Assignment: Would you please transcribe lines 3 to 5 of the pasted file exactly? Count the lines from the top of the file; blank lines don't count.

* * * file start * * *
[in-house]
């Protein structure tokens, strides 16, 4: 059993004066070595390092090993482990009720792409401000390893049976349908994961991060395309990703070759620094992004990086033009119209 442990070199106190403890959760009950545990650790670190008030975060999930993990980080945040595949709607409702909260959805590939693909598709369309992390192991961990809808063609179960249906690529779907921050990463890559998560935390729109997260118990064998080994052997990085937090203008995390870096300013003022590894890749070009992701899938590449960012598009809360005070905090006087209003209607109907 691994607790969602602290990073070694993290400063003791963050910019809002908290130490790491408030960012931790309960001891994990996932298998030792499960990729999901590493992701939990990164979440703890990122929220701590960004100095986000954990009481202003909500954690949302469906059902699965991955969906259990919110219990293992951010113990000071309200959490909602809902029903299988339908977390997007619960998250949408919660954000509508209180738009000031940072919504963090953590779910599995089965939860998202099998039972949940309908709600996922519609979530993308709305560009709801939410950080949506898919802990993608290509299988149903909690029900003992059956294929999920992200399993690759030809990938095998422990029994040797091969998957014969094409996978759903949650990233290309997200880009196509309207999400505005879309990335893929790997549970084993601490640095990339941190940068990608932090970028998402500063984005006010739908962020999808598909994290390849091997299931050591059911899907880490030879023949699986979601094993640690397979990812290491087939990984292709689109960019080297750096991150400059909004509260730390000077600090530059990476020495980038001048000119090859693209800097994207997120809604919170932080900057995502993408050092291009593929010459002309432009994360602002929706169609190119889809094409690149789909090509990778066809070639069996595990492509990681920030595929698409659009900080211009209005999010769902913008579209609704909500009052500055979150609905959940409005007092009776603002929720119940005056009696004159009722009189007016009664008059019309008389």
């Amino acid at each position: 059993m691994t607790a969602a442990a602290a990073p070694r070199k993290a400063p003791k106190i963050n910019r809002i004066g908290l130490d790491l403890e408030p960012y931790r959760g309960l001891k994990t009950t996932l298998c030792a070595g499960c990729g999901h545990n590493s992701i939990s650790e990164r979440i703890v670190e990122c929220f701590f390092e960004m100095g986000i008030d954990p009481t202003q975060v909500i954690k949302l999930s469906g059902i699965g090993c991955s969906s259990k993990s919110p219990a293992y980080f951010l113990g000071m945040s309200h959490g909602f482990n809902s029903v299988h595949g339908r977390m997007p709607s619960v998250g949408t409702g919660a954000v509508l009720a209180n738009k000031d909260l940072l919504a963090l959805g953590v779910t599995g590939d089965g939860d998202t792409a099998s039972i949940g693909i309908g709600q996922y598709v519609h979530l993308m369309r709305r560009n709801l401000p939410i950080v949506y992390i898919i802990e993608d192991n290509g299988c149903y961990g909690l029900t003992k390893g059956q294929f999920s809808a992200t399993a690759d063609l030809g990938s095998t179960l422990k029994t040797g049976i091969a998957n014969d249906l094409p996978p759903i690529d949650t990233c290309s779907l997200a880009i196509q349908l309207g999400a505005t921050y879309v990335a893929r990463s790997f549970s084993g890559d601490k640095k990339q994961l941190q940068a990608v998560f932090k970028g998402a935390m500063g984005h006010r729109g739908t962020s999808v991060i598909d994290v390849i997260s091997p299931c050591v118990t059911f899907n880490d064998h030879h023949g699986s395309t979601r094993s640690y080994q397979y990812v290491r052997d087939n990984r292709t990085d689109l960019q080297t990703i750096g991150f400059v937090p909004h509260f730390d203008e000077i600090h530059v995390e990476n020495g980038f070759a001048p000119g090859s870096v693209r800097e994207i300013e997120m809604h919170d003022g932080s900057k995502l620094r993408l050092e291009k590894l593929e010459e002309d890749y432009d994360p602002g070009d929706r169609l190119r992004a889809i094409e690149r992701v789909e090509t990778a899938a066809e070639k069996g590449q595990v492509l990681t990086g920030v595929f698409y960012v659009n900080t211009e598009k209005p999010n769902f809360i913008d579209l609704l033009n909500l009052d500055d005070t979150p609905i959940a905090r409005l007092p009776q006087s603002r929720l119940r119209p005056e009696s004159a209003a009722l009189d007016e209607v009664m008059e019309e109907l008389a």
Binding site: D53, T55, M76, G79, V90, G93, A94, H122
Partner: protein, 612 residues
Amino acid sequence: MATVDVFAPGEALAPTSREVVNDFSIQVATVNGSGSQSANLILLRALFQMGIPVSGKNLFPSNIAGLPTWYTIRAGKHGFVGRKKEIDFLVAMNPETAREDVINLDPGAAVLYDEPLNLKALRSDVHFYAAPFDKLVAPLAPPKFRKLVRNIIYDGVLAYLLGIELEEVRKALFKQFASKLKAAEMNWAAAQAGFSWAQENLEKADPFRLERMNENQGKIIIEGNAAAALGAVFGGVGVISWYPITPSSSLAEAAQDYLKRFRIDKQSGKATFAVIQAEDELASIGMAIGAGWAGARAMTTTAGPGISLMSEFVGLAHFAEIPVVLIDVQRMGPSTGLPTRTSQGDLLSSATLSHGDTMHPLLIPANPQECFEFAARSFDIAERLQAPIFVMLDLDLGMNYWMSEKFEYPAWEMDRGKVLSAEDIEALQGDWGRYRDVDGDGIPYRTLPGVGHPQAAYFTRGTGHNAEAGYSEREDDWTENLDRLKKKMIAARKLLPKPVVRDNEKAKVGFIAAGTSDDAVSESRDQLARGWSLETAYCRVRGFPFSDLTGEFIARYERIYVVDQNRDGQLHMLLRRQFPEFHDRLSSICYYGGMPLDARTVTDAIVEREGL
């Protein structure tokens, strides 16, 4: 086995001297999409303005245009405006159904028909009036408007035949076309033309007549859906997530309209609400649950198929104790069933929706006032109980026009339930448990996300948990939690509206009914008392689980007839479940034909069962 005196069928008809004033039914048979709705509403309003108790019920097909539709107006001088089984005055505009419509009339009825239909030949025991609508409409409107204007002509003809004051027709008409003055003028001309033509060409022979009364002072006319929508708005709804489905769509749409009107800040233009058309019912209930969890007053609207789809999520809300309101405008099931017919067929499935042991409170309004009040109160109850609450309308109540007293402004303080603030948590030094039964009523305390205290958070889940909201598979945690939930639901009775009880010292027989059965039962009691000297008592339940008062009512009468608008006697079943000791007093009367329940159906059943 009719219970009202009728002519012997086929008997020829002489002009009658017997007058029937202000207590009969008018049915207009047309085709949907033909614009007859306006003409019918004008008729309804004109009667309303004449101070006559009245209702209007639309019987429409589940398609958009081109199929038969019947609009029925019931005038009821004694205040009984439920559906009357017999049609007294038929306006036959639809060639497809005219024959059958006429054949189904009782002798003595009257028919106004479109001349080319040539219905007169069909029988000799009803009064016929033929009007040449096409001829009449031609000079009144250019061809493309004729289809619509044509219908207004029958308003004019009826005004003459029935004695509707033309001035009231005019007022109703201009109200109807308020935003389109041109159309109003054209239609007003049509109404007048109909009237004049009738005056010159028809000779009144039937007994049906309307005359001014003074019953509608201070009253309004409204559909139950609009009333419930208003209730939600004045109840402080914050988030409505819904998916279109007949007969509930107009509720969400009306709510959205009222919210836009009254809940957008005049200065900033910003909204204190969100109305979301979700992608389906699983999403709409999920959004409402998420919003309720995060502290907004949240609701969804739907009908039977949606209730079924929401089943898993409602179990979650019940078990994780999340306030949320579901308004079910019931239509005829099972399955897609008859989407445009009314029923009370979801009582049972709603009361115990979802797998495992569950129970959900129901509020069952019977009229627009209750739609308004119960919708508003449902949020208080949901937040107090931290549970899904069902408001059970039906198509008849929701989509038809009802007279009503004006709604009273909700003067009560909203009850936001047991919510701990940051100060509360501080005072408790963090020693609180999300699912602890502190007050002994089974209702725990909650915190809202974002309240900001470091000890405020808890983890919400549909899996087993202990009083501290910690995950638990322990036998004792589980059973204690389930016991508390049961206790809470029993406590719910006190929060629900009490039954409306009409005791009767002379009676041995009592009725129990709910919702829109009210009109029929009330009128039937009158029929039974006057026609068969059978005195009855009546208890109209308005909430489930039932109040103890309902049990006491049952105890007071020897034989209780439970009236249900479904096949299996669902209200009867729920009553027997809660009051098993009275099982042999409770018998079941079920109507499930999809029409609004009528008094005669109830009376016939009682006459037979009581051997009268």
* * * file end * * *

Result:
């Amino acid at each position: 059993m691994t607790a969602a442990a602290a990073p070694r070199k993290a400063p003791k106190i963050n910019r809002i004066g908290l130490d790491l403890e408030p960012y931790r959760g309960l001891k994990t009950t996932l298998c030792a070595g499960c990729g999901h545990n590493s992701i939990s650790e990164r979440i703890v670190e990122c929220f701590f390092e960004m100095g986000i008030d954990p009481t202003q975060v909500i954690k949302l999930s469906g059902i699965g090993c991955s969906s259990k993990s919110p219990a293992y980080f951010l113990g000071m945040s309200h959490g909602f482990n809902s029903v299988h595949g339908r977390m997007p709607s619960v998250g949408t409702g919660a954000v509508l009720a209180n738009k000031d909260l940072l919504a963090l959805g953590v779910t599995g590939d089965g939860d998202t792409a099998s039972i949940g693909i309908g709600q996922y598709v519609h979530l993308m369309r709305r560009n709801l401000p939410i950080v949506y992390i898919i802990e993608d192991n290509g299988c149903y961990g909690l029900t003992k390893g059956q294929f999920s809808a992200t399993a690759d063609l030809g990938s095998t179960l422990k029994t040797g049976i091969a998957n014969d249906l094409p996978p759903i690529d949650t990233c290309s779907l997200a880009i196509q349908l309207g999400a505005t921050y879309v990335a893929r990463s790997f549970s084993g890559d601490k640095k990339q994961l941190q940068a990608v998560f932090k970028g998402a935390m500063g984005h006010r729109g739908t962020s999808v991060i598909d994290v390849i997260s091997p299931c050591v118990t059911f899907n880490d064998h030879h023949g699986s395309t979601r094993s640690y080994q397979y990812v290491r052997d087939n990984r292709t990085d689109l960019q080297t990703i750096g991150f400059v937090p909004h509260f730390d203008e000077i600090h530059v995390e990476n020495g980038f070759a001048p000119g090859s870096v693209r800097e994207i300013e997120m809604h919170d003022g932080s900057k995502l620094r993408l050092e291009k590894l593929e010459e002309d890749y432009d994360p602002g070009d929706r169609l190119r992004a889809i094409e690149r992701v789909e090509t990778a899938a066809e070639k069996g590449q595990v492509l990681t990086g920030v595929f698409y960012v659009n900080t211009e598009k209005p999010n769902f809360i913008d579209l609704l033009n909500l009052d500055d005070t979150p609905i959940a905090r409005l007092p009776q006087s603002r929720l119940r119209p005056e009696s004159a209003a009722l009189d007016e209607v009664m008059e019309e109907l008389a």
Binding site: D53, T55, M76, G79, V90, G93, A94, H122
Partner: protein, 612 residues